Expressing Empathy in a Foreign Language

Anyone who has ever been to a Russian-speaking country knows it doesn’t take long for your acquaintances to ask for (sometimes intimate) details about your family. I flew to Almaty, Kazakhstan this summer to study Russian. The second or third day here, after I had finally recovered from the jetlag, my host mother asked me for all the details. My answers were very scripted, as I was so used to quickly popping this off in class: My father is a mechanic, my mother is a substitute teacher, they divorced when I was ten, I live alone. I have two younger sisters, one is pregnant and has two kids already, the other just graduated from high-school.

This was all normal, even rudimentary. But I wasn’t prepared for what happened next. My host mom quickly told me her husband died two years ago in an accident, leaving her to raise her two kids alone.

I was stunned, and I’ve thought a lot about my awkward, quick response since then: izvinite, kak grustno (“I’m sorry, how sad”). If I said this in English it would sound blunt and dismissive. I immediately hoped my childish Russian saved me from appearing rude. This will be my fourth year studying Russian, and in that moment I actually felt like a four-year-old. But I think she understood from the look on my face that I was affected by her loss. I didn’t know how to tell her what I really wanted to say: I see your pain and I’m sorry. The world is both generous and cruel. It’s a testament to your strength that you were able to keep going, raising two great kids despite it all. I thought about telling her about the people I’ve lost in my life, but I wasn’t equipped for that in Russian either — at this point I count it as a victory if I can order food at a restaurant without messing something up — so I just remained in silence. Her follow-up, my dolzhny prodolzhat’ zhit’ (“We have to keep living”) said everything that needed to be said.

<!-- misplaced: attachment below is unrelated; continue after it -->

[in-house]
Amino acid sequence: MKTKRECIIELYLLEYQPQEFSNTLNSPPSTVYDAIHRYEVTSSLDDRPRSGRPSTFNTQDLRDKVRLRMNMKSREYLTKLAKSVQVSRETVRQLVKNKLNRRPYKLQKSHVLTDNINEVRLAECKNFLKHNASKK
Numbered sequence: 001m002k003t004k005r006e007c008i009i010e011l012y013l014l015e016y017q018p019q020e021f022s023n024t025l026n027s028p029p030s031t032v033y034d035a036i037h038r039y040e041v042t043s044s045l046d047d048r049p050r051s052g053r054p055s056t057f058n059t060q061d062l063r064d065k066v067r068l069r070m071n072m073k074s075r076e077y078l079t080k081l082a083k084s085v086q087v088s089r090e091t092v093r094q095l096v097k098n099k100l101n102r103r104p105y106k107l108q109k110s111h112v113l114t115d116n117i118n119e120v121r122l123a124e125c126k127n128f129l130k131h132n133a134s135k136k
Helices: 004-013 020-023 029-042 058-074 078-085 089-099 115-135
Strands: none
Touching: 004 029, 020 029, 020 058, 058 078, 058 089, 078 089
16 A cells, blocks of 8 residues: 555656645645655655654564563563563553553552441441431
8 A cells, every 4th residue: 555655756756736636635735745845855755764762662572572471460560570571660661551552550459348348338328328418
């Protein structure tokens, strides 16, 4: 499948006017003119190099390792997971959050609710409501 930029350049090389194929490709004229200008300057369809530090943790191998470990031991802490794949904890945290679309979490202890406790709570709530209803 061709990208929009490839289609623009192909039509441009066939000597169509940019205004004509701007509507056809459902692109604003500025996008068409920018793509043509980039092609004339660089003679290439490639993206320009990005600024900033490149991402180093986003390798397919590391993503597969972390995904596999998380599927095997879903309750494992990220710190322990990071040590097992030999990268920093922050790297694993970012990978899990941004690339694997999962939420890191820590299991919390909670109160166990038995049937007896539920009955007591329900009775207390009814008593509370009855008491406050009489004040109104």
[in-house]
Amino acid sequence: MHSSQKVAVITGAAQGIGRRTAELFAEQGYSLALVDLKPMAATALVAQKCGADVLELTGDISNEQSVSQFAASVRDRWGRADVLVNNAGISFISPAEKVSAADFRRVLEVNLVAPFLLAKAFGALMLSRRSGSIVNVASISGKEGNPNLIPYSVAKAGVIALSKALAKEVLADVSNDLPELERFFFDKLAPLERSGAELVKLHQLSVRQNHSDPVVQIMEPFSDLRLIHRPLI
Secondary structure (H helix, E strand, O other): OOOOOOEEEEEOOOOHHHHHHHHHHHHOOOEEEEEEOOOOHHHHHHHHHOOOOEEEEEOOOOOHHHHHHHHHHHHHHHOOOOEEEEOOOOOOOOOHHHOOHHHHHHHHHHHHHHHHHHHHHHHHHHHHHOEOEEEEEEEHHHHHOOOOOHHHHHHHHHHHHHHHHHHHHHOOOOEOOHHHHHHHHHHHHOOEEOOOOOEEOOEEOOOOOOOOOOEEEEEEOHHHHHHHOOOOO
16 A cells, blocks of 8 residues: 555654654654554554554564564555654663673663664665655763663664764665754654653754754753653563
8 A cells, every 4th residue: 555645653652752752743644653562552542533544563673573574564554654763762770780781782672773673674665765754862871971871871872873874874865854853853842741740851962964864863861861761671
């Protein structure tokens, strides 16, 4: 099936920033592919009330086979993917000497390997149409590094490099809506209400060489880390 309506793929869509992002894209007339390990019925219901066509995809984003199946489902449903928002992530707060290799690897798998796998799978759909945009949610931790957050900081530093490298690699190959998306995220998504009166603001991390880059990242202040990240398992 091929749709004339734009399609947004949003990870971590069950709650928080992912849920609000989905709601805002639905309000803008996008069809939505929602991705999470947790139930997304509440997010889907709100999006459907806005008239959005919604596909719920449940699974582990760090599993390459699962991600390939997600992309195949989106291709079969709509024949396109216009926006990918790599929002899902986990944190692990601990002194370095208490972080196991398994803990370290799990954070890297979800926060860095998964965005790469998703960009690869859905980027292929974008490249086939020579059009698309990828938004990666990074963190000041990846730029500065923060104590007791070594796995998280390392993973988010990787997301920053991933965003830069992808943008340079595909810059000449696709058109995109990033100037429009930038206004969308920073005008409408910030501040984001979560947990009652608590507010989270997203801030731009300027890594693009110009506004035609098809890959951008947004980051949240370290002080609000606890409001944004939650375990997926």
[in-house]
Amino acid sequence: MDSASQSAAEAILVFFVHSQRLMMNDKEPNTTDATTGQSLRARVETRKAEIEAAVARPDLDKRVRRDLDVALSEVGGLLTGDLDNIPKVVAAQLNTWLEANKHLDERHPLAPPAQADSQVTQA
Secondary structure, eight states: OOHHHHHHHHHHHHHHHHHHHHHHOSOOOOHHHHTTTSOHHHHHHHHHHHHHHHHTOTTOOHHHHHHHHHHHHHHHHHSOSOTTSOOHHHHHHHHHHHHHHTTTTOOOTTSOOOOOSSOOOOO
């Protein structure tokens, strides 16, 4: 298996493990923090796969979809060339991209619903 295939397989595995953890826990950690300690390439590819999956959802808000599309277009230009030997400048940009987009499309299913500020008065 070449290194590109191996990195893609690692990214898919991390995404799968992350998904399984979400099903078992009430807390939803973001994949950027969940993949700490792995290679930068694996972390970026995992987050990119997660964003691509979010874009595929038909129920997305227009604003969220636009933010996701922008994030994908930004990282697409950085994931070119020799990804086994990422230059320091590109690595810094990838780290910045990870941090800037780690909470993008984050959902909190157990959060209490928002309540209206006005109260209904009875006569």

Later, after the awkwardness of our initial conversation faded, I asked about her family again. And that’s when I realized that she wasn’t trying to make me feel awkward by talking about her loss. She was sharing something very important with me, a part of herself. I figured the only way I could show that I appreciated her was to ask more and more questions. She loves talking about her family, especially her sons, and with good reason. They are wonderfully smart, so generous and forgiving. The youngest boy even gave up his bed for me, the goofy American. At the end of this conversation my host mom said, a ty moi tretii syn (“and you are my third son”). I still can’t think of a better compliment.

My biggest takeaway from studying Russian abroad is the most important things are often the most difficult to talk about, especially in a foreign language — but you have to keep trying. Learning a new language is not just learning how to read newspapers from a different place or getting A’s on your tests. It’s about connection, understanding that love, loss, and strength are universal.

By: Jesse Wesso

Program: Advanced Russian Language and Area Studies Program

Term: Summer 2018

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